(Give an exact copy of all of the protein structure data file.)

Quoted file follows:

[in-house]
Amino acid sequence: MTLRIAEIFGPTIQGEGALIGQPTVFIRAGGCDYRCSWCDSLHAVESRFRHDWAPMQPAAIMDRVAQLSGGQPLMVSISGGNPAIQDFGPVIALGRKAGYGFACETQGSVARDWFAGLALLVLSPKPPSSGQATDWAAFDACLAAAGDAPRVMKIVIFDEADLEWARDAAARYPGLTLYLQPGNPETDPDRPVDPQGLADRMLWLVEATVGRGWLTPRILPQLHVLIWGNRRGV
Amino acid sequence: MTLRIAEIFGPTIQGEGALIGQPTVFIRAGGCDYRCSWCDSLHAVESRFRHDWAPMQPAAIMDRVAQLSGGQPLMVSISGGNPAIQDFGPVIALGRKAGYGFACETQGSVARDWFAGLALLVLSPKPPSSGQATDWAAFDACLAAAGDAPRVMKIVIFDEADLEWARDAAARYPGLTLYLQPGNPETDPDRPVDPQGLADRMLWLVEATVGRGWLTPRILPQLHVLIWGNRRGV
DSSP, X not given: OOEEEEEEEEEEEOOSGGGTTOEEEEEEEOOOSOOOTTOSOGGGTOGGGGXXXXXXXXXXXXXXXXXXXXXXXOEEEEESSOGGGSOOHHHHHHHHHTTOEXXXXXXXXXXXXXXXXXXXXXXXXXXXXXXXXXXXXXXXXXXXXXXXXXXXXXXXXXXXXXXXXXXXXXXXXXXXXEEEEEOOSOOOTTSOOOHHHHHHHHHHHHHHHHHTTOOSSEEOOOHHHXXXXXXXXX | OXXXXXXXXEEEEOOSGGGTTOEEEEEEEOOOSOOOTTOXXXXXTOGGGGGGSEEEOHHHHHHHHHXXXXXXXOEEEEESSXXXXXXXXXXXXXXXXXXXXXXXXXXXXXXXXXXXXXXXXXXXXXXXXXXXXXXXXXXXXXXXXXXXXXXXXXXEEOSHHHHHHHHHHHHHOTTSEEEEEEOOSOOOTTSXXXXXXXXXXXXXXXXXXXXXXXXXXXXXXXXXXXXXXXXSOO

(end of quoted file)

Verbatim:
[in-house]
Amino acid sequence: MTLRIAEIFGPTIQGEGALIGQPTVFIRAGGCDYRCSWCDSLHAVESRFRHDWAPMQPAAIMDRVAQLSGGQPLMVSISGGNPAIQDFGPVIALGRKAGYGFACETQGSVARDWFAGLALLVLSPKPPSSGQATDWAAFDACLAAAGDAPRVMKIVIFDEADLEWARDAAARYPGLTLYLQPGNPETDPDRPVDPQGLADRMLWLVEATVGRGWLTPRILPQLHVLIWGNRRGV
Amino acid sequence: MTLRIAEIFGPTIQGEGALIGQPTVFIRAGGCDYRCSWCDSLHAVESRFRHDWAPMQPAAIMDRVAQLSGGQPLMVSISGGNPAIQDFGPVIALGRKAGYGFACETQGSVARDWFAGLALLVLSPKPPSSGQATDWAAFDACLAAAGDAPRVMKIVIFDEADLEWARDAAARYPGLTLYLQPGNPETDPDRPVDPQGLADRMLWLVEATVGRGWLTPRILPQLHVLIWGNRRGV
DSSP, X not given: OOEEEEEEEEEEEOOSGGGTTOEEEEEEEOOOSOOOTTOSOGGGTOGGGGXXXXXXXXXXXXXXXXXXXXXXXOEEEEESSOGGGSOOHHHHHHHHHTTOEXXXXXXXXXXXXXXXXXXXXXXXXXXXXXXXXXXXXXXXXXXXXXXXXXXXXXXXXXXXXXXXXXXXXXXXXXXXXEEEEEOOSOOOTTSOOOHHHHHHHHHHHHHHHHHTTOOSSEEOOOHHHXXXXXXXXX | OXXXXXXXXEEEEOOSGGGTTOEEEEEEEOOOSOOOTTOXXXXXTOGGGGGGSEEEOHHHHHHHHHXXXXXXXOEEEEESSXXXXXXXXXXXXXXXXXXXXXXXXXXXXXXXXXXXXXXXXXXXXXXXXXXXXXXXXXXXXXXXXXXXXXXXXXXEEOSHHHHHHHHHHHHHOTTSEEEEEEOOSOOOTTSXXXXXXXXXXXXXXXXXXXXXXXXXXXXXXXXXXXXXXXXSOO